A little more than a month ago, an email landed in my inbox that totally intrigued me.
It was an invitation...
Let me get this straight: an intimate sunset sail with one of the world’s most famous chefs… while sampling some of his most famous dishes?
That got me thinking.
Of course, I’d heard of Jean-Georges – he’s the brains behind such culinary institutions as ABC Kitchen, JoJo, The Mercer Kitchen, The Mark and – of course – Jean-Georges.
12 restaurants in New York City alone, more than 40 around the world.
But I knew nothing about the man himself.
When did he fall in love with cooking? How did he get so successful? How do you pronounce his last name? (Vong-REESH-ten)
So, yes, I set sail with the famed chef… enjoyed caviar, spiced chicken samosas and warm cherry pie… which he personally served to his guests.
But first, I chatted with him about how The Mark is every Upper East Siders’ living room, how the King of Morocco personally asked to partner with him, and how he fell for the culinary arts on his 16th birthday.
ALINA CHO: It wasn't until age 16 that you really...
JEAN-GEORGES: I was a bad boy before that.
ALINA CHO: I read that. On your 16th birthday, your parents took you to a Michelin Star restaurant in France, and at one point your father said to the chef, "My son is no good, you might want to have him wash the dishes."
JEAN-GEORGES: The chef said to my father, "Listen, we’re looking for an apprentice." They called me up, "You can start tomorrow, on Bastille Day." I say, "I'm not. Tonight, I'm going out with my friends." My father say, "No matter what, I drop you off tomorrow morning at the restaurant."
ALINA CHO: Wow.
JEAN-GEORGES: We went out until midnight, and then the next day I started working, and [that was] 1973, so it's my 48th year of cooking.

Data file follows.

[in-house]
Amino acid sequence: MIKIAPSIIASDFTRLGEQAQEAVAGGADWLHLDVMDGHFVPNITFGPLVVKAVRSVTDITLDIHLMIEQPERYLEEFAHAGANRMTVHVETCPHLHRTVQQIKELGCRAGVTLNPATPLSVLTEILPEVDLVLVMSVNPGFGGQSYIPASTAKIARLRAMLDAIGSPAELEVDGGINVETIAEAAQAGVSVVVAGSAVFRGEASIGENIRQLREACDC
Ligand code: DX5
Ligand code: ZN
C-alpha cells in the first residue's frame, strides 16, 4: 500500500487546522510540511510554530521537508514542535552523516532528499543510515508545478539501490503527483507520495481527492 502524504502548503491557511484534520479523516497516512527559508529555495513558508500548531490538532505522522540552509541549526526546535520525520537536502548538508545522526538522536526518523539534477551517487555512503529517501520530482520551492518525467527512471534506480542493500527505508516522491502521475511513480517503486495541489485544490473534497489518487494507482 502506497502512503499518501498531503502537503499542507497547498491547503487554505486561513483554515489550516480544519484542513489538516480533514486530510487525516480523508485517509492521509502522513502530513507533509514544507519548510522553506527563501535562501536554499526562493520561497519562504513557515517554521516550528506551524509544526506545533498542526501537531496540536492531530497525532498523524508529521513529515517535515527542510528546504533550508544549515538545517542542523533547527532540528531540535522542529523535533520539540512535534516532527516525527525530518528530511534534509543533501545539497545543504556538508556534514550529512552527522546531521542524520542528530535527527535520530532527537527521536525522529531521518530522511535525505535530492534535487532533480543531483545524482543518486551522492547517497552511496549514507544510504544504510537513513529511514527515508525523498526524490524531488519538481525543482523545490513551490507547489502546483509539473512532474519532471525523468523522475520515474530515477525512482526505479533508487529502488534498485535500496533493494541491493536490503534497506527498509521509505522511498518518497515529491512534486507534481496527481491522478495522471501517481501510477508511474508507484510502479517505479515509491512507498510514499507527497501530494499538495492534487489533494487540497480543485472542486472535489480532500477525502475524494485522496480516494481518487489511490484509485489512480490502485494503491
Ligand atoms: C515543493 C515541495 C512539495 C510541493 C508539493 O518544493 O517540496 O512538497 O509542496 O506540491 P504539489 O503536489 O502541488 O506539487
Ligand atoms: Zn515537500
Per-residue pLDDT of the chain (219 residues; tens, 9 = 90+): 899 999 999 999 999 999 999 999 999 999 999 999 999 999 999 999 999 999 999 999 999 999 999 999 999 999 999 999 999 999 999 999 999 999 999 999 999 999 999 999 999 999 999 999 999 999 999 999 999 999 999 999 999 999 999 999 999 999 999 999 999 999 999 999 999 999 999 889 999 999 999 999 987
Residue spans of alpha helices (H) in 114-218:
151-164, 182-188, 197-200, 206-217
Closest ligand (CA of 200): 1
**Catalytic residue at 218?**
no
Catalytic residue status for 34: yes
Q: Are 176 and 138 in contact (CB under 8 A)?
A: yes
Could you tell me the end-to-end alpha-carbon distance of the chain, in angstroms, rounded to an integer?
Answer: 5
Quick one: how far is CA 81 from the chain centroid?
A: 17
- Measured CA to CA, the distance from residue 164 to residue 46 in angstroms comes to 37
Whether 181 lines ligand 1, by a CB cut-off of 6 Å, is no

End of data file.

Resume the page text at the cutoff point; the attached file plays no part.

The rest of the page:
ALINA CHO: It was a pivotal moment for you…
JEAN-GEORGES: For me, food was [about being] at home. And the family was very big — at the time, we were living under one roof, the grandparents, the aunts, the uncle, the parents, the kids. We were like 45 people for lunch. It was like a mini restaurant, so we never go into a restaurant, so I didn’t know you could [make] a living on food. I discovered that, wow, the restaurant business is something. It's entertainment, it's delicious food, it's service, so it was very appealing to me.
ALINA CHO: You spent five years in Asia. You had an incredible opportunity to open a restaurant in Asia, so you went, and it was there that you learned about spices.
JEAN-GEORGES: In France, we use a lot of spices — I wanted to know where the spices came from. I know they were from Asia, from the Middle East and the spice route, so I was effectively going to [the source]. I wanted to see fresh ginger, fresh lemongrass…
ALINA CHO: And you'd never seen it?
JEAN-GEORGES: No, fresh, never. Now, it's everywhere around the world. At the time, it was nowhere to be found.
ALINA CHO: So, when you came to New York…
JEAN-GEORGES: When I arrived in New York, I was cooking at the Drake Hotel, a restaurant called Lafayette -- typical French food, lots of butter, cream, and the restaurant was not very busy…
ALINA CHO: Too heavy?
JEAN-GEORGES: Too heavy, so I [came to] understand that New Yorkers, they eat at home on occasion, and they [eat] in the restaurant every day.
ALINA CHO: Every day.